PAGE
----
Mid-August at the Fletcher Wildlife Garden

by Christine Hanrahan

Mid-afternoon at the Fletcher Wildlife Garden, August 14th. A sunny and pleasant afternoon to be looking for things to photograph for the PBase Blog. My first sighting was of the Sphex ichneumoneus, the great golden digger as it is sometimes called, nectaring on swamp milkweed. Its counterpart, the great black digger, S. pensylvanicus, is often more numerous, but both are large and impressive.

Other insects found include numerous Acutalis treehoppers, one of our smallest treehoppers, tiny little green and black insects, usually found on the stems of plants such as goldenrod. The large (for a planthopper), Acanalonia bivittata, with its distinctive shape, is easily recognized. It is bright green, with reddish eyes and a dark stripe down its back. It also comes in a vivid pink form, something I’m still hoping to see. The large swathe of Monarda fistulosa, our beautiful lilac-coloured native species, in the butterfly meadow, is alive with bees and other nectaring insects, including a hummingbird moth and a very tattered silver-spotted skipper. The big Bicyrtes sand wasp, smaller mud daubing wasps, sweat bees, leaf-cutter bees, ragweed beetles, goldenrod leaf beetles, the predatory larvae of green lacewings sometimes called aphid lions because of their propensity for feasting on aphids, pennsylvania leatherwings (soldier beetles), tiny ragweed fruit flies, and a host of other insects can be found on the abundant flowering plants around the site.

In addition to the skipper, lots of cabbage whites, a few white admirals, and several newly emerged ringlets, the second generation in our area, were also seen.

Birds are vocal and active, with broods of young following the adults, calling and begging for food. House wrens are especially vocal these days, as are catbirds and song sparrows. Robins, baltimore orioles, chipping sparrows, chickadees, cardinals, cedar waxwings, and many other birds are very noticeable right now. While our tree swallows have long gone, barn swallows can still be found swooping over the garden. Shrubs such as elderberry and tartarian honeysuckle are providing much food for birds. Diane and I watched a cedar waxwing guzzling down the fruit of the honeysuckle as if he couldn’t get enough!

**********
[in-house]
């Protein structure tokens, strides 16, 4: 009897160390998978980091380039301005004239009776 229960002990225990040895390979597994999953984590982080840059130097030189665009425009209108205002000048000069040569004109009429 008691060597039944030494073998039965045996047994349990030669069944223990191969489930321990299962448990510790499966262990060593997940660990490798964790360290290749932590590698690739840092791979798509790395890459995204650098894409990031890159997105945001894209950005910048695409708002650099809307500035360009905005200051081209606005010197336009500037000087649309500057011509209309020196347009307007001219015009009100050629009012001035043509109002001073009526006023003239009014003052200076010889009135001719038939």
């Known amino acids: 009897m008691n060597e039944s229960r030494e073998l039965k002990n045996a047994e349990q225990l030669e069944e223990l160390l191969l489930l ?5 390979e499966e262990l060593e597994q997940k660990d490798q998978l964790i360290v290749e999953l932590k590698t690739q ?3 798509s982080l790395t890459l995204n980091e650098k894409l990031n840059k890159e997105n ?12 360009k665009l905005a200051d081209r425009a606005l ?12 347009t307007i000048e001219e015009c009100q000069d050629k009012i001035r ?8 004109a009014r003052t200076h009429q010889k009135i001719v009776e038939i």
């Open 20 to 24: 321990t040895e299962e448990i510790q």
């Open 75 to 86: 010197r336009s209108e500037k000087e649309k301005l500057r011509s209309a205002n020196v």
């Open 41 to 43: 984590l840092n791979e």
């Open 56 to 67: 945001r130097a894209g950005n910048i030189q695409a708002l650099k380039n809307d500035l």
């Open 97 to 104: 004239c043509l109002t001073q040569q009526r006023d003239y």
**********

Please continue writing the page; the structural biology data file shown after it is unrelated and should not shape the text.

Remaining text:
It is fascinating to see how the vegetation changes from year to year. New plants appear in odd spots, others vanish. All the annuals found last year in the old field’s rototilled section, have gone, but in their place scores of the biennial evening primrose (native plant), some big scotch (or bull) thistles, much beloved by insects, especially bees, and a variety of other species. The native wild cucumber plant is sending its sprays of creamy white flowers up in various spots including in the old field area.

There are lots of photos on the August 2013 Blog here:
http://www.pbase.com/fwg/fwg_blog_aug_2013

Be sure to visit so you can also see the great photos submitted by Diane and France, who photographed a gorgeous giant swallowtail at the garden on August 15.

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August 6 at the FWG

Ruby-throated hummingbird nectaring at cardinal flowers

Ruby-throated hummingbird nectaring at cardinal flowers